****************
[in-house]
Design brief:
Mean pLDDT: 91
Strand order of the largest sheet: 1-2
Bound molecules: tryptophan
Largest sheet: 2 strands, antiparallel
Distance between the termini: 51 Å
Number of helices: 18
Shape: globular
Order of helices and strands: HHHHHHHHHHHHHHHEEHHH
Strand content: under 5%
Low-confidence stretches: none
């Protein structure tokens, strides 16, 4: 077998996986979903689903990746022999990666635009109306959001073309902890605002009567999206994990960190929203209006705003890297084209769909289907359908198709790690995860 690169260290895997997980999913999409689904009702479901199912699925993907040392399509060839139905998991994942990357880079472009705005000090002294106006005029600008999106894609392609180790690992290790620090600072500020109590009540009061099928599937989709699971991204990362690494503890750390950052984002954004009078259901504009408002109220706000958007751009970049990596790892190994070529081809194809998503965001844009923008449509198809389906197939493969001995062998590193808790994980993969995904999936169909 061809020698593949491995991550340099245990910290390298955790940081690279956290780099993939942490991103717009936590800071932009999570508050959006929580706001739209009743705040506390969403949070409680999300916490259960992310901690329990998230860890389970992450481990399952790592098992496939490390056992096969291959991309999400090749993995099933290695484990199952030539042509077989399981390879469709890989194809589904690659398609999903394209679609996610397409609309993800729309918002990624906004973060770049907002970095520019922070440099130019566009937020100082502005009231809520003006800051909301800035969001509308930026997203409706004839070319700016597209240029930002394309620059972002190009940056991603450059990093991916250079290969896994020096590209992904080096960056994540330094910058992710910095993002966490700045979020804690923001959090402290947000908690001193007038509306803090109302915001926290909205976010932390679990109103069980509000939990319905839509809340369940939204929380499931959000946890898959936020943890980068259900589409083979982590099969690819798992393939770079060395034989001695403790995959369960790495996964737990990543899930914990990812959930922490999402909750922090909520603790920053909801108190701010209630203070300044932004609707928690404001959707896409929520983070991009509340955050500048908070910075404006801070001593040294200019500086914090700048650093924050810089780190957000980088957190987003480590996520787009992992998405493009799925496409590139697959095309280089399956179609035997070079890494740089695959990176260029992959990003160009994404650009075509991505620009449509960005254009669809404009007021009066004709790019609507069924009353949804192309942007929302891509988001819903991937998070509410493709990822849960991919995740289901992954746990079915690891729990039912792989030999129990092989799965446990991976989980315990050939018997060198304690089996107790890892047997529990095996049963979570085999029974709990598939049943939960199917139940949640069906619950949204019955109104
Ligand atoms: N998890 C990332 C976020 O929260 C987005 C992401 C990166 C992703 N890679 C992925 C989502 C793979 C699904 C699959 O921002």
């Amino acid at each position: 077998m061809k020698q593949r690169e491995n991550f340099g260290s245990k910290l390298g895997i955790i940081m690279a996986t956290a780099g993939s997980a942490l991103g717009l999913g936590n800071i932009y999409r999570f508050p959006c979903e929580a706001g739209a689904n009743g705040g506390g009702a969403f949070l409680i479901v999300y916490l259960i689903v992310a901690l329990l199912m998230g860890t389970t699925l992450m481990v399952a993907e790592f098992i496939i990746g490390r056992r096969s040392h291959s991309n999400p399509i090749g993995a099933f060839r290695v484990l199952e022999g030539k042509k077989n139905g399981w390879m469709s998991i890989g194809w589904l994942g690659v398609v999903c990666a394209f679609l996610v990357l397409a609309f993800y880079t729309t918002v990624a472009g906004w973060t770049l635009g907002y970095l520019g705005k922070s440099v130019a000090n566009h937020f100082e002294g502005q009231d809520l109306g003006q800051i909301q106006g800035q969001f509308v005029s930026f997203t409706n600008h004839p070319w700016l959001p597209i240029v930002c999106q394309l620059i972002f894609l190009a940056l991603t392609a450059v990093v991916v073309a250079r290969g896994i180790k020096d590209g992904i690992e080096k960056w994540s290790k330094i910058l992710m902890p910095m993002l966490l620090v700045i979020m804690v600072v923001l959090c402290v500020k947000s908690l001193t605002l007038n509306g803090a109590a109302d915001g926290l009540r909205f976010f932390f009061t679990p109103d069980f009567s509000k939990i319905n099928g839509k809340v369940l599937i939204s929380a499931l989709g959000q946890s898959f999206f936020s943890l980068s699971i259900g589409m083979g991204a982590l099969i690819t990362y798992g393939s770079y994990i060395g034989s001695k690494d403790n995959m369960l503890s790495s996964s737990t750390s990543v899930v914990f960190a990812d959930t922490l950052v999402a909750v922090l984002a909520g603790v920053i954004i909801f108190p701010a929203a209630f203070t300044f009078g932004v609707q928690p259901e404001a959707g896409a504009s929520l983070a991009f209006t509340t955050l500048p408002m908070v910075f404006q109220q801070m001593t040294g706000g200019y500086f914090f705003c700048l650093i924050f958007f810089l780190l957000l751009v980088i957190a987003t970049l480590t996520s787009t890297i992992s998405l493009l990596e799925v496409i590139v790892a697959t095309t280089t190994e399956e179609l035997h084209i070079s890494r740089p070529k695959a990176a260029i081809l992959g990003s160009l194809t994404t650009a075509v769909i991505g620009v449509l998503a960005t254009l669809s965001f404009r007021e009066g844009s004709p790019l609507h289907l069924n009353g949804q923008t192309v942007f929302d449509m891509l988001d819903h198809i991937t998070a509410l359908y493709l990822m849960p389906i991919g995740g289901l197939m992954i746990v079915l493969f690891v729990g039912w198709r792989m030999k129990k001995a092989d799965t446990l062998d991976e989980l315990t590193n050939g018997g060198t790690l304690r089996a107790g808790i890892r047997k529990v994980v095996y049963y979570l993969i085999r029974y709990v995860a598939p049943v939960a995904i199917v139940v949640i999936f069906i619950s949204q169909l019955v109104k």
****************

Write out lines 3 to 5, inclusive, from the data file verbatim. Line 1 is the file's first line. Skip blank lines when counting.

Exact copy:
Mean pLDDT: 91
Strand order of the largest sheet: 1-2
Bound molecules: tryptophan